Our school is in a block schedule with first semester finals in January. AP Language and Composition, however, is a full year course. I considered giving a mid-term AP practice test, but decided that the utility for doing that now was not worth it—students would see what it feels like to do a test for three hours, but given the time issue, I’m not sure if it would be a valid assessment source for me going forward, particularly since the students all have other tests to study for. I explained this reasoning to the students, and also explained that I feel like they are in a good place for the essays at this point in the year, but that I’d like to do a practice of the multiple choice section next week so we can work together to evaluate what skills we should hone in on for the spring (they were cool with this!).
In the meantime, as students are getting started on their independent multi-media argument projects (Popular Culture multi-media Argument Prompt.docx) and completing finals for other classes/transitioning to new classes, I decided to continue our work with Ready Player One by watching a film that makes arguments about the future and technology, and compare that with the arguments of Ready Player One. By watching and analyzing the arguments of the film Her with regard to the influence of technology on our relationships both now and in the future and comparing with the arguments of Ready Player One (as well as some of their own examples they used in their argument essays) students will learn how to evaluate multiple sources for looking at the particular question of how computer and internet technology is influencing us, and where this influence may go (this is a hybrid connection to Reading Informational Standard 7, since we’re using two fictional texts to look at a question like this). Additionally, they will practice identifying the central ideas through specific evidence of a video, which was a challenge for them earlier in the year because of the nature of film and all the tools a director has at his or her disposal.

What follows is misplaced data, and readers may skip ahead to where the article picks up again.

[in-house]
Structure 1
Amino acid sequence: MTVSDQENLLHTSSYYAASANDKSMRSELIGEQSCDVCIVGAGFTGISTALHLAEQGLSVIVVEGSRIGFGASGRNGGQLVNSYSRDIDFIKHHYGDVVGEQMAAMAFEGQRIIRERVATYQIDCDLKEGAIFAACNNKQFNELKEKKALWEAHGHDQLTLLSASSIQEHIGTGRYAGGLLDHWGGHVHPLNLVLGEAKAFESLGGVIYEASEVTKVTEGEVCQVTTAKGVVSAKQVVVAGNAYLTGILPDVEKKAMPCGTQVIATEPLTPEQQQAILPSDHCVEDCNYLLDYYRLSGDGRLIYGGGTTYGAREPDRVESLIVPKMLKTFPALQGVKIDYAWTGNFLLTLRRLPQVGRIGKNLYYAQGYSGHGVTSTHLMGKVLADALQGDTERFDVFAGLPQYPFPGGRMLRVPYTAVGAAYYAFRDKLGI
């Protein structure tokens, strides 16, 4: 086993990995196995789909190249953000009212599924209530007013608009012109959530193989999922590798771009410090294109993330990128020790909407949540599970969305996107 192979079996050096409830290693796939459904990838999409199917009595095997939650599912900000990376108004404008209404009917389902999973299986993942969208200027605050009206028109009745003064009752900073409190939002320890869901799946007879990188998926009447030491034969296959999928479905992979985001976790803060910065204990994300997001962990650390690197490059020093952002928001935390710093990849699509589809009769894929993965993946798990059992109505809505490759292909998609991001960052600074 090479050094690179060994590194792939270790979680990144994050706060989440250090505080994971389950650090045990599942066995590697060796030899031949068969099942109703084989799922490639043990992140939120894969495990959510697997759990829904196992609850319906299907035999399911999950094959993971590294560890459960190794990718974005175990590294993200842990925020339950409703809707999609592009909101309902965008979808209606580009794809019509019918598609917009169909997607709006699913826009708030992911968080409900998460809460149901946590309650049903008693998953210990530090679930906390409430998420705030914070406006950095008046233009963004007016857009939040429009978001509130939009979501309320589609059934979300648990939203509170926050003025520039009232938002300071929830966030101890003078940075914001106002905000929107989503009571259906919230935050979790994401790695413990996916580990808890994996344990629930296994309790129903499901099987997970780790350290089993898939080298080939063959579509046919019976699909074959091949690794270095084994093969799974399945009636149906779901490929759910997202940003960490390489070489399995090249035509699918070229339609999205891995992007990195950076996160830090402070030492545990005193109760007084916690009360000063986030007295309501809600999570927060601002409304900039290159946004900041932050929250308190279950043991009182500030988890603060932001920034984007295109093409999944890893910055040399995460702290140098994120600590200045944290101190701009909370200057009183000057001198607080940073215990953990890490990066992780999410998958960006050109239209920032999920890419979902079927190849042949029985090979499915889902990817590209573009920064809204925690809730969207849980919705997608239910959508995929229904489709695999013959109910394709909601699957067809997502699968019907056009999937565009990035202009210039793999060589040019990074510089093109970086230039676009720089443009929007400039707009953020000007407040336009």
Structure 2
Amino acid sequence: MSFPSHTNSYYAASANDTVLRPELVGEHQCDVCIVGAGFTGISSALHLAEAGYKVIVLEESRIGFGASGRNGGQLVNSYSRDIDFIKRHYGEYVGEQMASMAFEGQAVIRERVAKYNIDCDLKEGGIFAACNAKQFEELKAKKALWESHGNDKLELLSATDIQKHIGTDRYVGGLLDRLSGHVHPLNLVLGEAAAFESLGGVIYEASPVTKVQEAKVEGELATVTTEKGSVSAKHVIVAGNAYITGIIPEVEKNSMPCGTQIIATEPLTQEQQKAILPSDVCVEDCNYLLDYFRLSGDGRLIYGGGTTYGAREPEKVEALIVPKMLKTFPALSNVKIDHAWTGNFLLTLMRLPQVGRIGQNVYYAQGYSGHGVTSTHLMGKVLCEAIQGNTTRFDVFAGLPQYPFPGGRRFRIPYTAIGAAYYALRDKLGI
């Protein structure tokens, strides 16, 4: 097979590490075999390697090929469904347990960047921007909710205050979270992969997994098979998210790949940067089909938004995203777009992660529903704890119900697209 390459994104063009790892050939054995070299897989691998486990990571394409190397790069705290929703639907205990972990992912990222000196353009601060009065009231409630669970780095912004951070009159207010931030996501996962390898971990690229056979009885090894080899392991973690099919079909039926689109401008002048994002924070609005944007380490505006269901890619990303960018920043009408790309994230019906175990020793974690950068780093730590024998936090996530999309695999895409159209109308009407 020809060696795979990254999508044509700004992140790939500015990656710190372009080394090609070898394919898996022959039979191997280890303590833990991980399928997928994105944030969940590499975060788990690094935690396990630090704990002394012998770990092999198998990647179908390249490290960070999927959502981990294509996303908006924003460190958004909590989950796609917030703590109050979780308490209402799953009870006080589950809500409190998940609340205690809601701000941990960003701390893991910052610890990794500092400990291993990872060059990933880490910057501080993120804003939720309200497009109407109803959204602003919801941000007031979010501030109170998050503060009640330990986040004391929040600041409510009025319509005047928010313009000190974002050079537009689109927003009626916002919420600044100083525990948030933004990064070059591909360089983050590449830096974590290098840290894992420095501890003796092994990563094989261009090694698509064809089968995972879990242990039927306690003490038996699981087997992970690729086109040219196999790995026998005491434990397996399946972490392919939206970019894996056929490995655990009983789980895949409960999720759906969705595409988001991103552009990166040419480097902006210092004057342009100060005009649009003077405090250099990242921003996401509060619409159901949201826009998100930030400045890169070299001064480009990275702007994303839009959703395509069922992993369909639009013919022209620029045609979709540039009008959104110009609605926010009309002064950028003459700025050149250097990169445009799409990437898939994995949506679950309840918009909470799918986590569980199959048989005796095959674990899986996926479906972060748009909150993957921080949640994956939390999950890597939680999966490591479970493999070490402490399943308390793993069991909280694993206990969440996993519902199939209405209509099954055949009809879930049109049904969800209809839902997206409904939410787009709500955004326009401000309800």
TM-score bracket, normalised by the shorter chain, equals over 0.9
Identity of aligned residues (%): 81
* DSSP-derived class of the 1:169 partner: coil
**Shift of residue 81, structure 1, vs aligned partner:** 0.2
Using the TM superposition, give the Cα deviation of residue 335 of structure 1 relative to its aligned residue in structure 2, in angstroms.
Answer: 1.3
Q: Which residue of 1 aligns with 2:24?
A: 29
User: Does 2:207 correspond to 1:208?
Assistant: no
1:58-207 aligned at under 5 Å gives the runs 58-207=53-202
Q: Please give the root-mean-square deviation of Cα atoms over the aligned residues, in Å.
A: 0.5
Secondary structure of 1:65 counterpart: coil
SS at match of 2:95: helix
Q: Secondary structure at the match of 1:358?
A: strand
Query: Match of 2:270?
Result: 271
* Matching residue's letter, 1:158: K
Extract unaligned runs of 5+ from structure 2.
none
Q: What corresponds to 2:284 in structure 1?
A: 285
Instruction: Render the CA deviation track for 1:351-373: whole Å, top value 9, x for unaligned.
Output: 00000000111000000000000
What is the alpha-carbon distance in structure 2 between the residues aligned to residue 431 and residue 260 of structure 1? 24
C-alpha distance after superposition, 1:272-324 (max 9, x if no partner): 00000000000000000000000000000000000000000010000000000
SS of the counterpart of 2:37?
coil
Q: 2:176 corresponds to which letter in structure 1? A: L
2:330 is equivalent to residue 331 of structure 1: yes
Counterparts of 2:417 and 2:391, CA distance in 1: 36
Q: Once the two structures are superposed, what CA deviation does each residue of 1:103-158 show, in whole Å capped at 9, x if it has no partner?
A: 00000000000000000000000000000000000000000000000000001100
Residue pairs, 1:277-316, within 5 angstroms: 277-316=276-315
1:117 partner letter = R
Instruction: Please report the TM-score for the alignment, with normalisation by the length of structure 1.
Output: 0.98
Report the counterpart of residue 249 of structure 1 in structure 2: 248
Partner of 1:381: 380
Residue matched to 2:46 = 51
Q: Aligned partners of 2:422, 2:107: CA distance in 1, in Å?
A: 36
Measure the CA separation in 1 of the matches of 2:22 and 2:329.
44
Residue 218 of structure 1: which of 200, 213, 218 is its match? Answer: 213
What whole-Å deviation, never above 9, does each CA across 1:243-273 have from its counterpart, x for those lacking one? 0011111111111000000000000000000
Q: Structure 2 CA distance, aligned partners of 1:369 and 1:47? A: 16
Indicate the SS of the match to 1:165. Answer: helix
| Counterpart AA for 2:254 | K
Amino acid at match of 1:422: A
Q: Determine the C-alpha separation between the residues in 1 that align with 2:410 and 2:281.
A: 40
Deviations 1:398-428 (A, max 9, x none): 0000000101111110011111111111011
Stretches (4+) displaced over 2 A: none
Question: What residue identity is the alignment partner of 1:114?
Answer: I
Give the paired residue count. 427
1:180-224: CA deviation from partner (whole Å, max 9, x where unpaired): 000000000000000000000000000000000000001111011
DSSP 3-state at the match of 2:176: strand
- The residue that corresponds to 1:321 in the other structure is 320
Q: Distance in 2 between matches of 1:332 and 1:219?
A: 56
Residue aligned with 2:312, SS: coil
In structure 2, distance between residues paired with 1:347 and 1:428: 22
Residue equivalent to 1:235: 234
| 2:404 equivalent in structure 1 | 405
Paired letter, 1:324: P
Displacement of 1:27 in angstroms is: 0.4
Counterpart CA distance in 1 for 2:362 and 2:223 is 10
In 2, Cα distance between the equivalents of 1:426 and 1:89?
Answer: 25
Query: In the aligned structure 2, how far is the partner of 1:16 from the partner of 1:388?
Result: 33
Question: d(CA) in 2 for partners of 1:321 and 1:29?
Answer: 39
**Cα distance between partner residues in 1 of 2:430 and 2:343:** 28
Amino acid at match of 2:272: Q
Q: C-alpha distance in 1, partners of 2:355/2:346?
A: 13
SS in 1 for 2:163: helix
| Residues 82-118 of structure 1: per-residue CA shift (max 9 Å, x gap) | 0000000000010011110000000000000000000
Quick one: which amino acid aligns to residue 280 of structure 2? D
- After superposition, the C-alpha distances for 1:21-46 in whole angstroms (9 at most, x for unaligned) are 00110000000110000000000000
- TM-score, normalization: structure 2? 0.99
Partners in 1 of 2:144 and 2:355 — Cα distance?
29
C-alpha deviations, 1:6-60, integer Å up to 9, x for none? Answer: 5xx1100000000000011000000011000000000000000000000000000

Additionally, I will ask them to pay attention to the relationship between visuals and language here to continue thinking about different techniques for constructing video arguments that we worked on a couple days ago and that they should be considering for their own projects (this film is very language driven—almost like a play—with the camera shots often enhancing emotions).
Their task for viewing is rather simple: as they watch, write down interesting moments that represent an anticipation of where internet and computer technology is taking us. I will also remind the of the "eyes and ears" protocol (Eyes and Ears Protocol Eastwood.docx)we did earlier in the year--that they should be considering what they see, what they hear, and how those things are interacting.
We will stop watching the film with at least fifteen or twenty minutes left in class so students can share some observations; I think that this is important when watching film—to process what was just seen when it is fresh in their memory. Even doing this for a few minutes will give me a sense of what they are getting from the film (since this is a new film, I’ve never used it in a class before), and let them enter a dialogue that can continue tomorrow. I will do this as a whole group discussion--begin by just hearing responses and move organically to a few moments I feel we should touch on today in building ideas for the remainder of the film.
When I watch movies with students, even when I've seen it a number of times, I always take notes right along with the students--it models that activity for them (since they will see me reading from them in our discussion, and I will specifically say "I noted that" as I refer to them), and it also allows me to tailor the discussion to what we've been doing in class (in this case, thinking about the film in the context of the visual/language relationship and Ready Player One themes). Additionally, there are a couple of provocative scenes that I will be sure to discuss--I always try to address those kinds of moments in film to teach students how to look at those things critically--it also shows them that I feel they are mature enough to handle it, which students usually like. So, we will certainly address any moments of that nature and the rhetorical effect on the audience.